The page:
How the Pros Survived the Recession

Recession SurvivalAfter being surrounded by the best landscapers in the country this past weekend for our Landscaper of the Year cruise, I left with the feeling that the industry has made a comeback. Maybe not to 2006-2007 standards, but continuous business growth looks like it’s here to stay.

And those landscapers who made it the past few years did so in a variety of ways. Several of our finalists attributed their survival to purchasing used equipment, which doesn’t require continuous monthly payments like a new one would. “It doesn’t eat when it’s sleeping,” says Stephen Wright, owner of Creative Landscape & Irrigation and a LOY finalist. “If I had been making equipment payments when the recession hit, I would have gone under.”

(To calculate the owning and operating costs for a skid steer, click here.)

Others said their success came from differentiating their services when they saw one was falling behind. For example, when the housing market crashed, so did many of their HOA projects. So, they turned to more design/build work, including pools. For others in retirement areas, maintenance jobs kept them going because their clients needed this service, even with a recession. It all came down to knowing what their clients required and what could bring in steady income.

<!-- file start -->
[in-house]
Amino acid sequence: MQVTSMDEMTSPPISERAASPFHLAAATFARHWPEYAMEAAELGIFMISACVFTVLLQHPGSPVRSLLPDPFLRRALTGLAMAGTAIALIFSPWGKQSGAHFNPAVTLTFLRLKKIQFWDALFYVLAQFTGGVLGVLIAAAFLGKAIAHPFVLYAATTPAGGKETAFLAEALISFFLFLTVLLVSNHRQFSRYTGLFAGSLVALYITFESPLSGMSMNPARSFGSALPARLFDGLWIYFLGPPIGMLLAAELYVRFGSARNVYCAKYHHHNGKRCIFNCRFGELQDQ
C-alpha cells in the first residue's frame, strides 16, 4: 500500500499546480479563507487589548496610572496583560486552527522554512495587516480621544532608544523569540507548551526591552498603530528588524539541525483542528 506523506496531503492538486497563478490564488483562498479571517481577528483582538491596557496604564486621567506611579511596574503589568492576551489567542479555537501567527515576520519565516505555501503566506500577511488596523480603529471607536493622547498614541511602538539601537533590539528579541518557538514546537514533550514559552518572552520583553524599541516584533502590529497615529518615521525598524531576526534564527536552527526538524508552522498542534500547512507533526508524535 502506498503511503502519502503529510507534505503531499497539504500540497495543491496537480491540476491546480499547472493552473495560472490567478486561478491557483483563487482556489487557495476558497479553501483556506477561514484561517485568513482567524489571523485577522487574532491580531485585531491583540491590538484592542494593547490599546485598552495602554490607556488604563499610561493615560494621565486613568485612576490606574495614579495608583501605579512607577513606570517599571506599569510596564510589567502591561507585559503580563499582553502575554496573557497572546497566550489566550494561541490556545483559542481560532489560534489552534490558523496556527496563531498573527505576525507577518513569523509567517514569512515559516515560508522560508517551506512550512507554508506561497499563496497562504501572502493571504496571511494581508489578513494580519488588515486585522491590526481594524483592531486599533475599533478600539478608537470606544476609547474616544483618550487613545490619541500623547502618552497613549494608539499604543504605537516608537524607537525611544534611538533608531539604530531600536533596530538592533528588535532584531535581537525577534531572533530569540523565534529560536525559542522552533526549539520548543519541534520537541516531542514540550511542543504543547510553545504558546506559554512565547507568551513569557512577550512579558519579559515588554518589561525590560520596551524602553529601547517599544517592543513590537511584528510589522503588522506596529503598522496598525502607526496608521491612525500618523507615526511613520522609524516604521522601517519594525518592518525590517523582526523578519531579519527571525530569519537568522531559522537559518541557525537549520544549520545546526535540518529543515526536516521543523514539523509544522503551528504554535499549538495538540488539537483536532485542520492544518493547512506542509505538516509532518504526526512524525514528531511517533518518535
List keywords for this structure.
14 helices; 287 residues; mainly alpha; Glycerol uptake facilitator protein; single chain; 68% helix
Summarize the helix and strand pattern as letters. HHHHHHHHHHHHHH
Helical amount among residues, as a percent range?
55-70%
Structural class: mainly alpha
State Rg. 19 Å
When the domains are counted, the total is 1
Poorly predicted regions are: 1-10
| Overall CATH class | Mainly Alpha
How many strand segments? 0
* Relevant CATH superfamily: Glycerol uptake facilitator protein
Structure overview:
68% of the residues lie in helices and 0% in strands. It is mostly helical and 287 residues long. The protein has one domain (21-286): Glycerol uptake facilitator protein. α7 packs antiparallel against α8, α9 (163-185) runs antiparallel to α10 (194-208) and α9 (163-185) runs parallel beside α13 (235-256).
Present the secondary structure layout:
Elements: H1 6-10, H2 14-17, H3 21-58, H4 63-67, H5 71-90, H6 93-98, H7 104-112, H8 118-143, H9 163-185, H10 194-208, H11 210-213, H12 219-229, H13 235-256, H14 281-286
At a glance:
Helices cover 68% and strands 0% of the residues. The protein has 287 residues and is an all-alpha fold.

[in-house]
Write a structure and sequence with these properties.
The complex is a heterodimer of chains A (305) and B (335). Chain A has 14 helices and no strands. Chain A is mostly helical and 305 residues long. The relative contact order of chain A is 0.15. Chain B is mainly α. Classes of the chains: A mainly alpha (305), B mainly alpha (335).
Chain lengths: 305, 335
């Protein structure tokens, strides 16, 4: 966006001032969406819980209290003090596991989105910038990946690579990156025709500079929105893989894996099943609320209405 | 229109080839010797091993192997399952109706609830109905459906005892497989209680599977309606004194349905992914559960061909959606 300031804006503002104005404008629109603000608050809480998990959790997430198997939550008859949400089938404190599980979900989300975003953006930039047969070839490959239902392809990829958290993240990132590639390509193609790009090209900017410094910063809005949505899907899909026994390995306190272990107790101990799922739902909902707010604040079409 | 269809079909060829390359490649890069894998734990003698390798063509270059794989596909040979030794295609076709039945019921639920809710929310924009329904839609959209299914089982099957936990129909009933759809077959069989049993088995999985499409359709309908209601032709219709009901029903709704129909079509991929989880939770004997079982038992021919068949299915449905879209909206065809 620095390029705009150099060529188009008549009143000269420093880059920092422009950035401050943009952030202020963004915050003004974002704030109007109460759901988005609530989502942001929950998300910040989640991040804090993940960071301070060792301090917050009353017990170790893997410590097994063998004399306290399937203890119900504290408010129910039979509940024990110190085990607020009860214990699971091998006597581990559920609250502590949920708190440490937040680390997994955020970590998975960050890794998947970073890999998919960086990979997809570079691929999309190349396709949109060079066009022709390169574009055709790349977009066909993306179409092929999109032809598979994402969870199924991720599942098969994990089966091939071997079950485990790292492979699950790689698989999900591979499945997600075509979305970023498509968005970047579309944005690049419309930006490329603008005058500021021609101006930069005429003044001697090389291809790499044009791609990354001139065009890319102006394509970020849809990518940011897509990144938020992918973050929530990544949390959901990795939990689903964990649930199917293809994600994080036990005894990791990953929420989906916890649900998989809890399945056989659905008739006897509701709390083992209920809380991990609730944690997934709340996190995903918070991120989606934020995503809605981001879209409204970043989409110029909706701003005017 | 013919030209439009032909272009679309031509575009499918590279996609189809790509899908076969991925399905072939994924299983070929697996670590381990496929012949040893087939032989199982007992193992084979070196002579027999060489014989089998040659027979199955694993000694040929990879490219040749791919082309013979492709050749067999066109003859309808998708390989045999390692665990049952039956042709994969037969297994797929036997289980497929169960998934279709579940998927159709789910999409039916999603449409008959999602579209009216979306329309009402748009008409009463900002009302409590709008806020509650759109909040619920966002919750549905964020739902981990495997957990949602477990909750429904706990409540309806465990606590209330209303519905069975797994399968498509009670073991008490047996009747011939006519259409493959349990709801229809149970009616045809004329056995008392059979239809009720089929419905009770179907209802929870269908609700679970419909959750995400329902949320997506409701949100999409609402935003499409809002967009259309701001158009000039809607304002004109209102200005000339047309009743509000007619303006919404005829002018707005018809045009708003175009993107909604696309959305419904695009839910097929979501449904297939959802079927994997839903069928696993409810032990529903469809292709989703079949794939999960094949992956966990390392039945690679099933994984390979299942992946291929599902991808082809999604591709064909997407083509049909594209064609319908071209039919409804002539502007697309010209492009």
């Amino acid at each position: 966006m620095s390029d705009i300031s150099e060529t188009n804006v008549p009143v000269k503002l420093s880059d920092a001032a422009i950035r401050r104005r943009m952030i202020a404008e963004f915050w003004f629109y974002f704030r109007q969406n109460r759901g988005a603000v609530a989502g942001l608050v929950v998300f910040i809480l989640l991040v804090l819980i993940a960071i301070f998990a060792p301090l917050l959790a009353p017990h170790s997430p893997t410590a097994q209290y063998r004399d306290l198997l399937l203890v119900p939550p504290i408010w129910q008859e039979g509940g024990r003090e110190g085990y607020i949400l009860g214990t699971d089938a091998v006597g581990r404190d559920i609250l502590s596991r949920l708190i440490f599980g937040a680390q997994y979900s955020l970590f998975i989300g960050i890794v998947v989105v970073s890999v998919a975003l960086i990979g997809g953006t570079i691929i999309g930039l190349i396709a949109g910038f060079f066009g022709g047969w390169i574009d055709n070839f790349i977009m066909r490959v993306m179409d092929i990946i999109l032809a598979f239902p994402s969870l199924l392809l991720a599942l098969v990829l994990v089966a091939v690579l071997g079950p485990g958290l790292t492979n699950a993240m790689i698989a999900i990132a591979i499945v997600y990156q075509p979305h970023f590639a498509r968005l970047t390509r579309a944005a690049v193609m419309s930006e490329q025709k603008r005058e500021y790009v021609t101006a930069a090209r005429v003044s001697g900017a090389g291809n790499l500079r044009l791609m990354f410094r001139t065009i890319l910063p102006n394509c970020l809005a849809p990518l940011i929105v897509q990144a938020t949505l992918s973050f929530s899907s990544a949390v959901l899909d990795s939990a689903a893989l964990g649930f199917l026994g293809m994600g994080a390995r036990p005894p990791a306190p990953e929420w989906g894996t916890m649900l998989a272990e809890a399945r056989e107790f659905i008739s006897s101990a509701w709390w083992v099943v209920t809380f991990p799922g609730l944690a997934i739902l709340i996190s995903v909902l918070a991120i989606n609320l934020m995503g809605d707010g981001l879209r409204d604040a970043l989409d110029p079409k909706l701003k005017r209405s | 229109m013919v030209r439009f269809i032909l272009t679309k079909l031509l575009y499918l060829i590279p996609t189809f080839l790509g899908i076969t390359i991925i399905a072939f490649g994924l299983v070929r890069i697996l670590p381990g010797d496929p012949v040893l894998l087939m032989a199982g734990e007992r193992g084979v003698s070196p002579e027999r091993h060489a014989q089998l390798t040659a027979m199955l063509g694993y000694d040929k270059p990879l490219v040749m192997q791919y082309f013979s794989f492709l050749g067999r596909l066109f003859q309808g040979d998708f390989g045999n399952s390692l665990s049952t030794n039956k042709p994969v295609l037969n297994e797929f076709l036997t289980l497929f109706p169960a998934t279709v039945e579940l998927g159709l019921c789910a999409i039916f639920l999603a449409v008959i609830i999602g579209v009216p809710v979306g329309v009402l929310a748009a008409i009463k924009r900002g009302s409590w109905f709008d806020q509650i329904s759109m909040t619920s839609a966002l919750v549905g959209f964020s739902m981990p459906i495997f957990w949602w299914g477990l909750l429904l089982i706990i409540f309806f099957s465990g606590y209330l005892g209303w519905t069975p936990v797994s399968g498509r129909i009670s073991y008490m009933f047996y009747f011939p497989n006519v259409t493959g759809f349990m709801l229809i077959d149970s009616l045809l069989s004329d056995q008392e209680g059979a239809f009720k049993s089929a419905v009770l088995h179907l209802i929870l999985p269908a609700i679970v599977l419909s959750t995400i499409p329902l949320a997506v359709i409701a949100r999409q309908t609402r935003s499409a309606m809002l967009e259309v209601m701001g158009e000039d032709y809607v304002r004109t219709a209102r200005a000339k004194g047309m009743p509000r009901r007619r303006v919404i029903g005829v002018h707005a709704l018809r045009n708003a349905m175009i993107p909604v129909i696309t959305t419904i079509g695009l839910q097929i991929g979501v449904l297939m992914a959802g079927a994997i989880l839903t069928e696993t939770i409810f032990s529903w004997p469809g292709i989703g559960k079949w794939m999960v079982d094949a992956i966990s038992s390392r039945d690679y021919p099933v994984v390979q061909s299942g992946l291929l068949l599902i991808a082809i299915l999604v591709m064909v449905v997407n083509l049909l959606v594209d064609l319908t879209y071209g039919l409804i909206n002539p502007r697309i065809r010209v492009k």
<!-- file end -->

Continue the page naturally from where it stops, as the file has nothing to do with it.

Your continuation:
You don’t have to be psychic — just watch your services and be mindful of any decline or growth in demand.

For more business advice and best practices, stay tuned for a complete Q&A with our 2014 Landscaper of the Year finalists, which will be in our January issue.

The Attachments Idea Book
Landscapers use a variety of attachments for doing everything from snow removal to jobsite cleanup, and regardless of how often they are used, every landscaper has a favorite attachment.
Attachments Idea Book Cover